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The three clever murder mysteries in this game demo made me hungry for more

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A man is being pushed off a cliff to his death. It's happening right now, while you stand there watching. A murder, taking place right in front of you.

But who is the man being pushed? Who is the man doing the pushing? And where, exactly, is this cliff? These are the questions The Case of the Golden Idol demo asks you as you investigate your very first murder.

Solving this initial murder isn't too complex. By clicking clues on the screen showing a lightly animated tableau of the murder, you examine them closely, like the contents of a backpack or the items in someone's pocket. A letter might contain someone's name, or an item, when clicked, will tell you what it is. The names and descriptors you find are all collected at the bottom of your screen, and to use them you switch from the investigation panel to the 'thinking' panel. There you'll find a scroll with a number of blanks in it: Blank Blank pushed Blank Blank off a cliff in the Blank of Blank on Monkey Paw Island. There are also portraits of each character involved, and those characters need to be correctly named.

Drag and drop the names and words you collected into the scroll to present your solution to the murder. If you're wrong, the game will tell you and you can adjust your guesses or investigate further. It's a sort of Mad Libs-style murder investigation, and there's a real satisfying feel when you've dropped in the last word and solved the murder. The trailer at the top of the page, revealed at the Future Games Show (opens in new tab) today, will give you a good idea of how it all works.

But even in the demo, The Case of the Golden Idol gets tricky very quickly, with plenty of red herrings and unrelated clues, and I came to a few false conclusions. The second murder, wherin a man is dead with a nasty head wound, seemed pretty obvious to me at first just by looking at the other items in the room. When I'd plugged in all my words, however, I was wrong, and had to do a bit more careful investigating and thinking. The third murder is even more difficult, with multiple locations, tons of clues, and a healthy handful of suspects.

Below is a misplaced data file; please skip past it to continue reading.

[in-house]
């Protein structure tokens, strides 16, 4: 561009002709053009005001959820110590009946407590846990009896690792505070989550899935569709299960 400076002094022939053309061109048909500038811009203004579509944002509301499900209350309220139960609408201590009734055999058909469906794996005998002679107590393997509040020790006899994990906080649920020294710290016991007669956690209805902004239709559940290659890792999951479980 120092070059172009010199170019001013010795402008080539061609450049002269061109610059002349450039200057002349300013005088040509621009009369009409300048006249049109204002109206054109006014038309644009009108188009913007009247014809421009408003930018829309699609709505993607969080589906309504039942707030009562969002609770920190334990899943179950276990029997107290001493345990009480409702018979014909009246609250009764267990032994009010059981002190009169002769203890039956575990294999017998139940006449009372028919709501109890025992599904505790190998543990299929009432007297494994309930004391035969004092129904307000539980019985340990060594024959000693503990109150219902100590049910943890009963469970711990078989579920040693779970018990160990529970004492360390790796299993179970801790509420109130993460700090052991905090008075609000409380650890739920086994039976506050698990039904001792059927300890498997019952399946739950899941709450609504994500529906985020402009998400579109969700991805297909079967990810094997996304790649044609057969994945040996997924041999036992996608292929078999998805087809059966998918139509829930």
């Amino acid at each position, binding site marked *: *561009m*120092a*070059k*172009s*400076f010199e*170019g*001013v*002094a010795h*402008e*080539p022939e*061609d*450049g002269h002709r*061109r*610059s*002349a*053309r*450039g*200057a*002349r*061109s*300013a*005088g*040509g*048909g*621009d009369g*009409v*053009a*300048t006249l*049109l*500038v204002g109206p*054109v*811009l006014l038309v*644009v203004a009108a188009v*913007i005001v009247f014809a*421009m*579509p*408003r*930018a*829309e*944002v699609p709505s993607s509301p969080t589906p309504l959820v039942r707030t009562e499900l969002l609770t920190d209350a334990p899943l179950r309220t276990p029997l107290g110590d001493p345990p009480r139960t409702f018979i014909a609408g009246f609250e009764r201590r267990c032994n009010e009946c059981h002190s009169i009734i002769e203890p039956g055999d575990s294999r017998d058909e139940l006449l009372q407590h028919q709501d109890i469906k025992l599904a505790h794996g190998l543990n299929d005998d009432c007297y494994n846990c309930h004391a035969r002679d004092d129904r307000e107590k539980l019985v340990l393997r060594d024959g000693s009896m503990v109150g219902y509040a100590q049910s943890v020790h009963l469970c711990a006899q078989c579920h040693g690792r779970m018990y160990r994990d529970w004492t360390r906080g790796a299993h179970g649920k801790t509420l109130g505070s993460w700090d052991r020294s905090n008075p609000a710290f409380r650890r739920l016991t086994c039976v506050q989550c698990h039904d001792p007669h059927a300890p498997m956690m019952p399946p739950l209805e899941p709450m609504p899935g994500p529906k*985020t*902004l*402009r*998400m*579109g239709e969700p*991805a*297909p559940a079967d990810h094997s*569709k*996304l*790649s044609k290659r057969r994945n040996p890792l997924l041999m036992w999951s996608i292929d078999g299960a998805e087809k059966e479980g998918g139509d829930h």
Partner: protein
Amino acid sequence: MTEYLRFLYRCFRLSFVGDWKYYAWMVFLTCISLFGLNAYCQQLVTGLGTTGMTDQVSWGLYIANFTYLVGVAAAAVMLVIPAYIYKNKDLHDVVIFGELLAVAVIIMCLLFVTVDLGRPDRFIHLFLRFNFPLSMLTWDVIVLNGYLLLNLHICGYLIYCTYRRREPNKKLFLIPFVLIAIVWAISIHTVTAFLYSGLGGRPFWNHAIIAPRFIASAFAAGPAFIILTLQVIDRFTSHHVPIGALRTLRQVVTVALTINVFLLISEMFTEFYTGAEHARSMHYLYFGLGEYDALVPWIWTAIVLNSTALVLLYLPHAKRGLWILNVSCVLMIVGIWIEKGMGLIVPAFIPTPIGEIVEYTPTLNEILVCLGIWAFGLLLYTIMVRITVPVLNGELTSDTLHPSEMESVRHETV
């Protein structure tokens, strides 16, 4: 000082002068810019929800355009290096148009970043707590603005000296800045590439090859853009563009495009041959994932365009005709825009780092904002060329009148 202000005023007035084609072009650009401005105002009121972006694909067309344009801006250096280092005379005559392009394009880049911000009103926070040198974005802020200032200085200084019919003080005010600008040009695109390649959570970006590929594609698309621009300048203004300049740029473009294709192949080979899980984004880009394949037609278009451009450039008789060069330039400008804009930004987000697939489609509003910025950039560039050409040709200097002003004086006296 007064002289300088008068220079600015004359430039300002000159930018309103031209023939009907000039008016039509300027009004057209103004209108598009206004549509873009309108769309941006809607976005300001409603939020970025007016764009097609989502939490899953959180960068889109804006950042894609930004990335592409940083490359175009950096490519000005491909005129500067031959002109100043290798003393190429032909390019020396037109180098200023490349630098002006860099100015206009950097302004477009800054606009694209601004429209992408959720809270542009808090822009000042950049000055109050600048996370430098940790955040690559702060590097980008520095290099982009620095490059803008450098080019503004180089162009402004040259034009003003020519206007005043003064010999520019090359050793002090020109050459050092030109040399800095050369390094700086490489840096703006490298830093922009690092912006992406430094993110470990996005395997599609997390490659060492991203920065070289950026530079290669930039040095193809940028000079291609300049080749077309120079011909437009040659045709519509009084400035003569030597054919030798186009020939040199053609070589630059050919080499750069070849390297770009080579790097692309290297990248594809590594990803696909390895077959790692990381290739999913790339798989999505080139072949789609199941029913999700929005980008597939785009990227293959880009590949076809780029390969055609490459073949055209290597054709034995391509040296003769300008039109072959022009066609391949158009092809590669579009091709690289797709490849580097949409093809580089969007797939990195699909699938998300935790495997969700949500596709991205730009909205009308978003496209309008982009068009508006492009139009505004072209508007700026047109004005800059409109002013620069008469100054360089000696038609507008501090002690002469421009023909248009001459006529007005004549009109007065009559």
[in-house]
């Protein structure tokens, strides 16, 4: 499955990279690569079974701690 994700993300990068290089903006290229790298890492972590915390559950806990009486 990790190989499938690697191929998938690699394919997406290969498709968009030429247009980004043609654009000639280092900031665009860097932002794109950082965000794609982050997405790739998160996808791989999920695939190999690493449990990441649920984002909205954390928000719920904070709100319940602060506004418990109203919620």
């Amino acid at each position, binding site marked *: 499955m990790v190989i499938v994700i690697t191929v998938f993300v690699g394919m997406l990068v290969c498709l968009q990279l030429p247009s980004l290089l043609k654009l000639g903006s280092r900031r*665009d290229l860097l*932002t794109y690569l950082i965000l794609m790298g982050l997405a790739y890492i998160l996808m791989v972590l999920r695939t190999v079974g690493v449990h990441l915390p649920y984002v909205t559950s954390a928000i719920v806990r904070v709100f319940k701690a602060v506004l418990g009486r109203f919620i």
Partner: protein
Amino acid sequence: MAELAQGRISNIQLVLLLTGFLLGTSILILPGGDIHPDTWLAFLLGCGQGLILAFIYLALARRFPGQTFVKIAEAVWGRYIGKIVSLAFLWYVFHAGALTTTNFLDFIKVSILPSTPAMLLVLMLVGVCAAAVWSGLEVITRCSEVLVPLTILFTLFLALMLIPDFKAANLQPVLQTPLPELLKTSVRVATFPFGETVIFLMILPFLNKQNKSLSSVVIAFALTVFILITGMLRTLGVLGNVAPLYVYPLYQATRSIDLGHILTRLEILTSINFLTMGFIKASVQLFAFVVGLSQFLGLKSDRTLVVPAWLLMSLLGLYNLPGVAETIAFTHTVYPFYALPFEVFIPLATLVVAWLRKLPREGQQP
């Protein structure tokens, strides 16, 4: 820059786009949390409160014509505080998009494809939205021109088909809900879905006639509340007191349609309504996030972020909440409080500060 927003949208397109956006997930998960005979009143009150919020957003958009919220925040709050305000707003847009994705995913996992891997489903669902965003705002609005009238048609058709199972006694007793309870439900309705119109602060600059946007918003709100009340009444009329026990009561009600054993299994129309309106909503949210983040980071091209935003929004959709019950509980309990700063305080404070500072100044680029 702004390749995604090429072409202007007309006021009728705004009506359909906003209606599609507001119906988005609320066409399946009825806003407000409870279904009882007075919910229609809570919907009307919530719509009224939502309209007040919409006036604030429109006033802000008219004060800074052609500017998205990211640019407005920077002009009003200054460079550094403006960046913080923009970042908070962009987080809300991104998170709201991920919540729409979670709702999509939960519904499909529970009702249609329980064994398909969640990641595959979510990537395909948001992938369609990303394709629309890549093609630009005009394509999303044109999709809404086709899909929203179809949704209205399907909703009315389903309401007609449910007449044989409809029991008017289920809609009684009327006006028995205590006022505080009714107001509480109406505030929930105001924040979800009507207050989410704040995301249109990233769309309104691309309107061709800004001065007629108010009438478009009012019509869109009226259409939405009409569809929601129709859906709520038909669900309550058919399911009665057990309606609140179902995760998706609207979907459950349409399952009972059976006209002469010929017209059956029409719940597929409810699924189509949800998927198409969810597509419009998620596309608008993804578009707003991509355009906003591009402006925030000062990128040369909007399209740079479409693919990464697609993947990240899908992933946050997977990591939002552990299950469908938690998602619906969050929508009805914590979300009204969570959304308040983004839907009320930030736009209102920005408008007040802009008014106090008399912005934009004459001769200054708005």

(Image credit: Color Gray Games)

And it's not enough to just find the guilty party, you need to identify every single person on the premises by their full names, which has a satisfying Return of the Obra Dinn feel to it. You can make things harder on yourself, too: Clues have a little glow by default, but you can turn that off if you really want to pixel hunt. I'm here to tell you that even with the glow on, I missed a few clues even after scouring these scenes multiple times. 

What's also great is that the clues aren't all contained in the things you click on. There are plenty of hints in the environment that you'll need to absorb just through observation. Figuring out a motive for a murder is important and will help all those clues make sense. Finally, the art is offbeat and a bit crude, but in a sort of pleasing way. I like pretty much everything about this game.

If you love piecing together murder mysteries, I absolutely recommend playing the free demo of The Case of the Golden Idol. There'll be another demo, with a new mystery, added at Steam Next fest in October, and here's one final bit of tantalizing intrigue for when the full game is released: All of these murders are connected. I can't wait to click around in the full game, though when it's being released is still a mystery.

Chris started playing PC games in the 1980s, started writing about them in the early 2000s, and (finally) started getting paid to write about them in the late 2000s. Following a few years as a regular freelancer, PC Gamer hired him in 2014, probably so he'd stop emailing them asking for more work. Chris has a love-hate relationship with survival games and an unhealthy fascination with the inner lives of NPCs. He's also a fan of offbeat simulation games, mods, and ignoring storylines in RPGs so he can make up his own.